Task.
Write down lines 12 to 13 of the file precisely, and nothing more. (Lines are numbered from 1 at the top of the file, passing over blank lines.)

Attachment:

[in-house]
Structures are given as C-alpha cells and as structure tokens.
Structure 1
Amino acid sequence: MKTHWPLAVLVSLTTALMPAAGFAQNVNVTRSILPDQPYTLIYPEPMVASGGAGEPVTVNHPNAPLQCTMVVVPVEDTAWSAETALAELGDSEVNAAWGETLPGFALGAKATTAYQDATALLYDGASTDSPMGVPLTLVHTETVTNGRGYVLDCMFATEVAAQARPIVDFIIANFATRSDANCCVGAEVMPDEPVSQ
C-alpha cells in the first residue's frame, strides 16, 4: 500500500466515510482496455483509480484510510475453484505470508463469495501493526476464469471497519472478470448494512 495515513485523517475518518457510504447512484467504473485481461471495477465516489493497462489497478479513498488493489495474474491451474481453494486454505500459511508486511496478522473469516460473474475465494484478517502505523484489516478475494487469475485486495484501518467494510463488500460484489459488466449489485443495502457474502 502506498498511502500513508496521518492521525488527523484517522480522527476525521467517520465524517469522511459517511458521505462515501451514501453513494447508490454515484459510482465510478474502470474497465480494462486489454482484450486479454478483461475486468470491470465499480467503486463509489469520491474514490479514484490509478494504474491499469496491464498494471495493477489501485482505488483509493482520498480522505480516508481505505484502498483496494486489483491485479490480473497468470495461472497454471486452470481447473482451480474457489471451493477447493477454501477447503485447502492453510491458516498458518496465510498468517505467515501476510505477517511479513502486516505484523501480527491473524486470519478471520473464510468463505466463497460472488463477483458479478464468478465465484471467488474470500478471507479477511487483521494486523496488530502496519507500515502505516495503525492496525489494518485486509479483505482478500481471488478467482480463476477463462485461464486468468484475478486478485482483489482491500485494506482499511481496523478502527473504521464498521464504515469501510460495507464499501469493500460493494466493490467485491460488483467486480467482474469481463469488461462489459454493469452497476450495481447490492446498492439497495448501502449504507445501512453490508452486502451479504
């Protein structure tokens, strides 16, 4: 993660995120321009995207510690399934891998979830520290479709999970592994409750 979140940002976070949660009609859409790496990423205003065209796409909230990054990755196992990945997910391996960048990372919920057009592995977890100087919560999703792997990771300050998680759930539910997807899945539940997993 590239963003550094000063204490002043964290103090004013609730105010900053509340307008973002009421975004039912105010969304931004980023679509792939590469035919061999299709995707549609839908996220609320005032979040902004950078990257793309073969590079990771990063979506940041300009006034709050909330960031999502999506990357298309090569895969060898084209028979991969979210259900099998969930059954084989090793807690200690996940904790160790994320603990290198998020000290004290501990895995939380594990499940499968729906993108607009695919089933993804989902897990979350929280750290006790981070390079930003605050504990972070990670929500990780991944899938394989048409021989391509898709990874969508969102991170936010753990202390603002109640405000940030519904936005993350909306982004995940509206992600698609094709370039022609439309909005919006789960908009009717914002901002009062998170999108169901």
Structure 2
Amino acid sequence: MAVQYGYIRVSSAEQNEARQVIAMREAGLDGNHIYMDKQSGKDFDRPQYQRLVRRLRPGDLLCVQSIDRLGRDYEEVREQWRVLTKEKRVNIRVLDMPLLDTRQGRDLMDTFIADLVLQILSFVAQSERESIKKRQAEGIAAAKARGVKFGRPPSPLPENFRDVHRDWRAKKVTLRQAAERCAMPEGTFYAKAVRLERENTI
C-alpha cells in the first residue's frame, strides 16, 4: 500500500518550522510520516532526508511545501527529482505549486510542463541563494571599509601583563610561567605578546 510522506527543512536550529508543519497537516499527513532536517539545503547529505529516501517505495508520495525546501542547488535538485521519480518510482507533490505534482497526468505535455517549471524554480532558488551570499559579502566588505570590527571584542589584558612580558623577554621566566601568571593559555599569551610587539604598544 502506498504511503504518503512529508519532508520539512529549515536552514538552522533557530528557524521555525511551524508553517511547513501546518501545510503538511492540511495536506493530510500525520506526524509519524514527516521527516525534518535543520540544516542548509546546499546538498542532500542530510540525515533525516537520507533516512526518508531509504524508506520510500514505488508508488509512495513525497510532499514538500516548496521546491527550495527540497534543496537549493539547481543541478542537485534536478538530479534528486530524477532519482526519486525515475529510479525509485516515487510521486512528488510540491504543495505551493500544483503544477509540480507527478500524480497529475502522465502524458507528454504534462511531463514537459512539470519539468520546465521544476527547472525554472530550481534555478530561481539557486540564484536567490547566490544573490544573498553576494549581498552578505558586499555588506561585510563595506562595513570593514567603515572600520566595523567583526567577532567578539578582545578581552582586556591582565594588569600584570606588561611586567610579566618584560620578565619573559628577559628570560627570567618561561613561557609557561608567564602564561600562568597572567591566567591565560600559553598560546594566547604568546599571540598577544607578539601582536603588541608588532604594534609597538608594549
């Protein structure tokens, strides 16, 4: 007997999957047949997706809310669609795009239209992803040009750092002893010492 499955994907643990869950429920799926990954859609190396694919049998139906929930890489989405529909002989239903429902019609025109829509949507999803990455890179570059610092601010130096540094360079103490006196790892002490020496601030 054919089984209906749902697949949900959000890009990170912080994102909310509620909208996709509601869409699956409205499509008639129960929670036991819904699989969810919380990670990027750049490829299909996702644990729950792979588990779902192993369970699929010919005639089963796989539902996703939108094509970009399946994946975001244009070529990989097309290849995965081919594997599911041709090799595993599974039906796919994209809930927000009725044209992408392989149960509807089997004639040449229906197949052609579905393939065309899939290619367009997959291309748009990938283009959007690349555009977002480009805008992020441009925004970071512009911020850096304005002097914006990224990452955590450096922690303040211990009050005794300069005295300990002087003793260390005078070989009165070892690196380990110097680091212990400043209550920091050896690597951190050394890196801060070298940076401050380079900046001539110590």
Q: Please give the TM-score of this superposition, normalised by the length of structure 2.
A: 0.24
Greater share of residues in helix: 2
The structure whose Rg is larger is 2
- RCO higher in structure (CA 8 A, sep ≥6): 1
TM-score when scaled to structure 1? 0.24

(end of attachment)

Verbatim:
A: 0.24
Greater share of residues in helix: 2